Why is Australia so well equipped to be a coal exporting country? It did not happen overnight. Until 1955 when we sent our first shipment to Japan coal mining in Australia had been developed as a domestic industry. But that shipment was so well received in Japan that Japanese users soon ordered more. So step by step this country got into the coal export business firstly in response to growing post WW2 Japanese demand then later South Korean and then Chinese demand.

You might better understand now, in light of costs and the time lag other would-be alternative supplier nations would need to develop the needed facilities why the PRC will likely need (in light of their current energy crisis) to come back to Australia to supply their coal.
Haha. So Xi has the choice of swallowing his pride (or as they say lose face) or watching his people freeze this winter.
The Imp :D

neverfail
Posts: 7418
Joined: Sun Dec 18, 2016 3:47 am
Location: Singapore

Re: China's self-inflicted energy shortage.

Post by neverfail » Fri Oct 01, 2021 3:53 pm

cassowary wrote:
Fri Oct 01, 2021 6:51 am
Haha. So Xi has the choice of swallowing his pride (or as they say lose face) or watching his people freeze this winter.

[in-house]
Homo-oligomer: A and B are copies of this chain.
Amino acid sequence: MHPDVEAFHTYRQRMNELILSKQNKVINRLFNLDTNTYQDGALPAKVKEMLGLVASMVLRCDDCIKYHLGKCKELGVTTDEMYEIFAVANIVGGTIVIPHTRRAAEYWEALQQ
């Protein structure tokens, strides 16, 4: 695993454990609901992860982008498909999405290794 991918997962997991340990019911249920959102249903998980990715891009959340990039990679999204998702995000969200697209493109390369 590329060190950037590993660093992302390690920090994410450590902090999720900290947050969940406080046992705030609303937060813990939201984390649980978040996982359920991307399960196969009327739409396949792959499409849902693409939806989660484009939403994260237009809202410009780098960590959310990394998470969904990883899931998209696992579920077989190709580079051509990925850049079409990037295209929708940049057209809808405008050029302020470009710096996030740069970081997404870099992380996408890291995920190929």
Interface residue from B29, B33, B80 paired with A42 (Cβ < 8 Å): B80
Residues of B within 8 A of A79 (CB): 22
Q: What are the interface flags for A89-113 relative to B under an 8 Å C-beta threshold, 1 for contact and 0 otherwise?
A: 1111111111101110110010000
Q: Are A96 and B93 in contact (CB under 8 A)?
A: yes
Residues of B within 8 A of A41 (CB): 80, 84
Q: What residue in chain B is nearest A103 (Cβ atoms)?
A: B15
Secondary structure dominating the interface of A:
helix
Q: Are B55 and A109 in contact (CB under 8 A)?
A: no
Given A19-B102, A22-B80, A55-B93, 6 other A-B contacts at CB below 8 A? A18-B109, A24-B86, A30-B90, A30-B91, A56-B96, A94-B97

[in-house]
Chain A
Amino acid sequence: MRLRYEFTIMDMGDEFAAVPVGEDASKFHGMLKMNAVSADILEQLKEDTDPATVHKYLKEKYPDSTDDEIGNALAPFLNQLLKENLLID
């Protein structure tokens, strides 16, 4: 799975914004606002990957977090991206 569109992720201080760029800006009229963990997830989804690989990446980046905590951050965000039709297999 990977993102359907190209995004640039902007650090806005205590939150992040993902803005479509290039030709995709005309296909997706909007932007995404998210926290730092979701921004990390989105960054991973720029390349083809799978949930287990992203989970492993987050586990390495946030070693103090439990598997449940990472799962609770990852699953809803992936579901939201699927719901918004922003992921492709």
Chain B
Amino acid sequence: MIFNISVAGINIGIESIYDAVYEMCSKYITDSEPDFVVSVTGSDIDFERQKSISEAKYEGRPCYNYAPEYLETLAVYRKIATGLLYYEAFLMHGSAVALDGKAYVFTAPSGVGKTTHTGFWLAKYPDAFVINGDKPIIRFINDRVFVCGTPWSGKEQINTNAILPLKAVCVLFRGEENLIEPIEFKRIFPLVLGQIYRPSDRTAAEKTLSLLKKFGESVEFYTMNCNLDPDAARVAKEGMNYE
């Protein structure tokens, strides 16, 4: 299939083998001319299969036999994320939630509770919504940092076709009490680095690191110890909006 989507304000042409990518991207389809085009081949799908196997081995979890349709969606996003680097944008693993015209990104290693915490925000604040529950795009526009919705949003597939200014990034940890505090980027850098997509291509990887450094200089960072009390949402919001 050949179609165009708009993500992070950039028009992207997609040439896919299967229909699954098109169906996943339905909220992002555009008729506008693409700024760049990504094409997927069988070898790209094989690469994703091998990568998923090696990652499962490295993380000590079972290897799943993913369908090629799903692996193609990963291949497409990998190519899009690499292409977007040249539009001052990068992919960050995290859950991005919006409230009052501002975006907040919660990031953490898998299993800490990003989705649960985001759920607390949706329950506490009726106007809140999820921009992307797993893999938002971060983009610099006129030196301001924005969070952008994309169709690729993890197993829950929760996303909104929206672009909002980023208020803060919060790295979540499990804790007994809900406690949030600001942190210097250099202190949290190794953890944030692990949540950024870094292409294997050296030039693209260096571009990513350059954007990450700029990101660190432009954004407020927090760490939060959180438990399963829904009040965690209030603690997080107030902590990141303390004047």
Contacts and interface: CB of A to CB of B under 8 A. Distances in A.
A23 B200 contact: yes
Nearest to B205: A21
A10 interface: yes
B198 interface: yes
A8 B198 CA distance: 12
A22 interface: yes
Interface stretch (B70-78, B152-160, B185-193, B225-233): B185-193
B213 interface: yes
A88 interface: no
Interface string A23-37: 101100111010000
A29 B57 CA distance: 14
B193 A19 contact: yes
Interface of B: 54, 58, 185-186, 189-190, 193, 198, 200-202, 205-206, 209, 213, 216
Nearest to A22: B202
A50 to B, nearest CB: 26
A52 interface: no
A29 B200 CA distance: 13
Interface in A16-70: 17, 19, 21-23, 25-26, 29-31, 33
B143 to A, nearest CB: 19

It would seem that way Cass.

The problem (as pointed out by me above) is that PRC electric power producers are caught up in a classic cost-price squeeze. Costs have risen considerably but earnings have not due to government restrictions on the maximim price per KwH these companies can charge. I believe that now faced with losses and possible bankruptcies the management of a lot of the power plants are ordering shut downs of the generators in order to curb losses and therefore avert (or at least postpone) bankruptcy.
.....................................................................................................................................

Cass (as you seem to be interested): China still has a lot more coal left in the ground than Australia but I suspect that the average cost of recovering it is high. I do not know whether as a "flow on" from the Deng reforms of 1978 whether they privatised coal mining in the PRC - probably not! I have reason to believe that the ruling party has kept a lot of their coal mines working as a "make work" exercise in order to keep men in coal mining districts gainfully employed and thus avert mass unemployment resulting in social unrest - something to be feared in China.